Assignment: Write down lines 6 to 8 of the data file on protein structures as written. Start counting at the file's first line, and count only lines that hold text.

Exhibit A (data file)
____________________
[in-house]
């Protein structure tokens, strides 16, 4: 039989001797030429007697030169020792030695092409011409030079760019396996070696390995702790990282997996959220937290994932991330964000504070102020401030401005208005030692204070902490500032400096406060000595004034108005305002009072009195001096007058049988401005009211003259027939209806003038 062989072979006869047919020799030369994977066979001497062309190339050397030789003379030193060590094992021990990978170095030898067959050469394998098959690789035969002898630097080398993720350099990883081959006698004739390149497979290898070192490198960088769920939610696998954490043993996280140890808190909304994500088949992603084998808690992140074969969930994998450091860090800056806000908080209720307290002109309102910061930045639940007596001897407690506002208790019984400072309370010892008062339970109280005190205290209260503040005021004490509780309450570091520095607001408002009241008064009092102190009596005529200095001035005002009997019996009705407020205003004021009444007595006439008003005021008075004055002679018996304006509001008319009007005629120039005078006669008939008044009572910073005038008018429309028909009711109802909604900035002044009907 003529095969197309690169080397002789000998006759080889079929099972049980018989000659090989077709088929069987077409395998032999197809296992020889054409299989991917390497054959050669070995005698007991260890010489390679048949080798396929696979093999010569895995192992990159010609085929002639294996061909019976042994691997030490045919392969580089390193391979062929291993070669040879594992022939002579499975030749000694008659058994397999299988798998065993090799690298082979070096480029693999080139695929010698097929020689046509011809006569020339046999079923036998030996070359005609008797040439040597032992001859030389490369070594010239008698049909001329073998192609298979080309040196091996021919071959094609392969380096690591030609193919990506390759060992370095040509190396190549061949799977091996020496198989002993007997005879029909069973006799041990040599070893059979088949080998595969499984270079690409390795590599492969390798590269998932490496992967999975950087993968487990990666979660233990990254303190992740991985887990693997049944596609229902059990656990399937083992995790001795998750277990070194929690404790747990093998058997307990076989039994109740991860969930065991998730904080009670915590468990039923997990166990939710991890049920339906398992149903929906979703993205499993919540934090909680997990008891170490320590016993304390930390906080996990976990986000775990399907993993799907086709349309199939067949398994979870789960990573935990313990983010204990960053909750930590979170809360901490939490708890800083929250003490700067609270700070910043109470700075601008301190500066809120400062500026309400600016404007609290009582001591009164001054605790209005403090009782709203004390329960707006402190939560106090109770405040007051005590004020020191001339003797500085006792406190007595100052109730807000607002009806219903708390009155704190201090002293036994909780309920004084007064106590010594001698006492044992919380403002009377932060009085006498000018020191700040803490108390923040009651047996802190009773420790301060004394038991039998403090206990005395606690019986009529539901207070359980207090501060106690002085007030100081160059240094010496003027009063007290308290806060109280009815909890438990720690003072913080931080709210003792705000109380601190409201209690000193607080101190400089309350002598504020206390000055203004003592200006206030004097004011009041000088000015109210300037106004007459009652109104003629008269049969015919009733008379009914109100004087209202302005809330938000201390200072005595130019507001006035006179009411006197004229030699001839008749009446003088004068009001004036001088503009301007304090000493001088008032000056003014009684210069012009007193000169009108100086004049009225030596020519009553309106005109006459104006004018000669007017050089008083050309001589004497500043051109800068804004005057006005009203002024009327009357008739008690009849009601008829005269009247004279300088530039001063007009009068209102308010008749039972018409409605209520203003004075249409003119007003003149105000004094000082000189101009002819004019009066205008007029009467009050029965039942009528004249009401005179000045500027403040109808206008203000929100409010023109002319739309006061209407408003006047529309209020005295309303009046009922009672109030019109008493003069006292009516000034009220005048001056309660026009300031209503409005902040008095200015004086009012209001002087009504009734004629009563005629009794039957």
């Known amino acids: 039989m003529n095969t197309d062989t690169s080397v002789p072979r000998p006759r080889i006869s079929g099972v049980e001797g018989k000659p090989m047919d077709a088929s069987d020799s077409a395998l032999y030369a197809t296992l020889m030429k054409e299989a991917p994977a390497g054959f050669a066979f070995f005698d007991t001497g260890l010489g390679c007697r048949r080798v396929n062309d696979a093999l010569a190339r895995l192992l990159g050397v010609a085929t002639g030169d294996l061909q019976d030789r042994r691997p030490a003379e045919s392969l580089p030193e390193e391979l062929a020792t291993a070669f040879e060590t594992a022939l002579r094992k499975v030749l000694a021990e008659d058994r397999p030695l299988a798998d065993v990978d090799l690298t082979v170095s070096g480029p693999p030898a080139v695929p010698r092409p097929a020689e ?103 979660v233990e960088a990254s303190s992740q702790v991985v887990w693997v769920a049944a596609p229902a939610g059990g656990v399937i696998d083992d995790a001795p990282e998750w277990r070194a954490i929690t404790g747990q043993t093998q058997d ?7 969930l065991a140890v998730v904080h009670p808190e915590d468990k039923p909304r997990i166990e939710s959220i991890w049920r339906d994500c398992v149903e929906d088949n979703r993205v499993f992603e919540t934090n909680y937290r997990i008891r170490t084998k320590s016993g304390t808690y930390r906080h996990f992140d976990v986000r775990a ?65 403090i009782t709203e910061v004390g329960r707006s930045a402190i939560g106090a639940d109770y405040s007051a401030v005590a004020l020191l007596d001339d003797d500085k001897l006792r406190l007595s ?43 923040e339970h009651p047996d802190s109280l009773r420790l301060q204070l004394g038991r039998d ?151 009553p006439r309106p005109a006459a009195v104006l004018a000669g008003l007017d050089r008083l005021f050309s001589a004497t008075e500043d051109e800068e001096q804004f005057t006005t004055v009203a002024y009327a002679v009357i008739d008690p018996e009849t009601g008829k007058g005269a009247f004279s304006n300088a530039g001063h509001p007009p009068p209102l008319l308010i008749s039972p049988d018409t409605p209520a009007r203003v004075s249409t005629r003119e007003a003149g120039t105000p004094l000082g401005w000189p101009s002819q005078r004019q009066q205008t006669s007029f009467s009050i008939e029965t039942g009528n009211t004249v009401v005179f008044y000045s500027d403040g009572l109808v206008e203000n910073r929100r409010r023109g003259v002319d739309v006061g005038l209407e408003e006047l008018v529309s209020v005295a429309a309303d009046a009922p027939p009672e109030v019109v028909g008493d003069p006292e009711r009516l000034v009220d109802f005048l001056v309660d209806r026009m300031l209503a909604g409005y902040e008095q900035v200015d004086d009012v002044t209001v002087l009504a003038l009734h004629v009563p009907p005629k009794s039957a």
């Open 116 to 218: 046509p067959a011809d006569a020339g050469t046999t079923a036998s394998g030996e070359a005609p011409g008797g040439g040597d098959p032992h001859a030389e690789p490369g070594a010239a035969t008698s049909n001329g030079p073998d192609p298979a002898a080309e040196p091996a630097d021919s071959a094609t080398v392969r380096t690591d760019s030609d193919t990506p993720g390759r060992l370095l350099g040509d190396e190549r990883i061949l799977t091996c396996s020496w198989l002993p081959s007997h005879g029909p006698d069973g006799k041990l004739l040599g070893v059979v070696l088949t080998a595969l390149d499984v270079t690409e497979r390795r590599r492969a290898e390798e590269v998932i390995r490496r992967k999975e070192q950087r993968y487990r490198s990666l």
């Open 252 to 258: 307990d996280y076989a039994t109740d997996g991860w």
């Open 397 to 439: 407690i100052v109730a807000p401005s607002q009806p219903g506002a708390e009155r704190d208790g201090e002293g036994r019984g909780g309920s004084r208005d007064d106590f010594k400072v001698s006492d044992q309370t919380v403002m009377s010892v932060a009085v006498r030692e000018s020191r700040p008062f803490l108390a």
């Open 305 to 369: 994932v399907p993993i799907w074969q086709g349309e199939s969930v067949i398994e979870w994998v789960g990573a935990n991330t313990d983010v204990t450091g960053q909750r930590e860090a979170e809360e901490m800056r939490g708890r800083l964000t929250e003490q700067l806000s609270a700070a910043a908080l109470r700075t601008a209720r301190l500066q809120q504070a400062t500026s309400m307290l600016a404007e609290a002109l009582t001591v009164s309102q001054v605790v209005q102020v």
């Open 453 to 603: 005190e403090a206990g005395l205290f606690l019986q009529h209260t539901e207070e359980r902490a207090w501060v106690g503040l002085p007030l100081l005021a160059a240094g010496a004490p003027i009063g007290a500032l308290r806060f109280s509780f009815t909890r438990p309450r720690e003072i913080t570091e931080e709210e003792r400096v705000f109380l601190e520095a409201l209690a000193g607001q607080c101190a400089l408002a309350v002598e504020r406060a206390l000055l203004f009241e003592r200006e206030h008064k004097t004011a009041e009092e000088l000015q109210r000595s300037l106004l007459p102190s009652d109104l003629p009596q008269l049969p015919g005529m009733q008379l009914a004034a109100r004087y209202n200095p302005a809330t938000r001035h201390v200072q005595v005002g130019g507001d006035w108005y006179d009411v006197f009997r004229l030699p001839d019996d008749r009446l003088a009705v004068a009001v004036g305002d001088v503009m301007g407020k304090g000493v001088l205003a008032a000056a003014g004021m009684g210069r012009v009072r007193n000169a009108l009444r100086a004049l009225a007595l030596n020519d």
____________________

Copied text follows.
């Open 397 to 439: 407690i100052v109730a807000p401005s607002q009806p219903g506002a708390e009155r704190d208790g201090e002293g036994r019984g909780g309920s004084r208005d007064d106590f010594k400072v001698s006492d044992q309370t919380v403002m009377s010892v932060a009085v006498r030692e000018s020191r700040p008062f803490l108390a």
């Open 305 to 369: 994932v399907p993993i799907w074969q086709g349309e199939s969930v067949i398994e979870w994998v789960g990573a935990n991330t313990d983010v204990t450091g960053q909750r930590e860090a979170e809360e901490m800056r939490g708890r800083l964000t929250e003490q700067l806000s609270a700070a910043a908080l109470r700075t601008a209720r301190l500066q809120q504070a400062t500026s309400m307290l600016a404007e609290a002109l009582t001591v009164s309102q001054v605790v209005q102020v």
């Open 453 to 603: 005190e403090a206990g005395l205290f606690l019986q009529h209260t539901e207070e359980r902490a207090w501060v106690g503040l002085p007030l100081l005021a160059a240094g010496a004490p003027i009063g007290a500032l308290r806060f109280s509780f009815t909890r438990p309450r720690e003072i913080t570091e931080e709210e003792r400096v705000f109380l601190e520095a409201l209690a000193g607001q607080c101190a400089l408002a309350v002598e504020r406060a206390l000055l203004f009241e003592r200006e206030h008064k004097t004011a009041e009092e000088l000015q109210r000595s300037l106004l007459p102190s009652d109104l003629p009596q008269l049969p015919g005529m009733q008379l009914a004034a109100r004087y209202n200095p302005a809330t938000r001035h201390v200072q005595v005002g130019g507001d006035w108005y006179d009411v006197f009997r004229l030699p001839d019996d008749r009446l003088a009705v004068a009001v004036g305002d001088v503009m301007g407020k304090g000493v001088l205003a008032a000056a003014g004021m009684g210069r012009v009072r007193n000169a009108l009444r100086a004049l009225a007595l030596n020519d």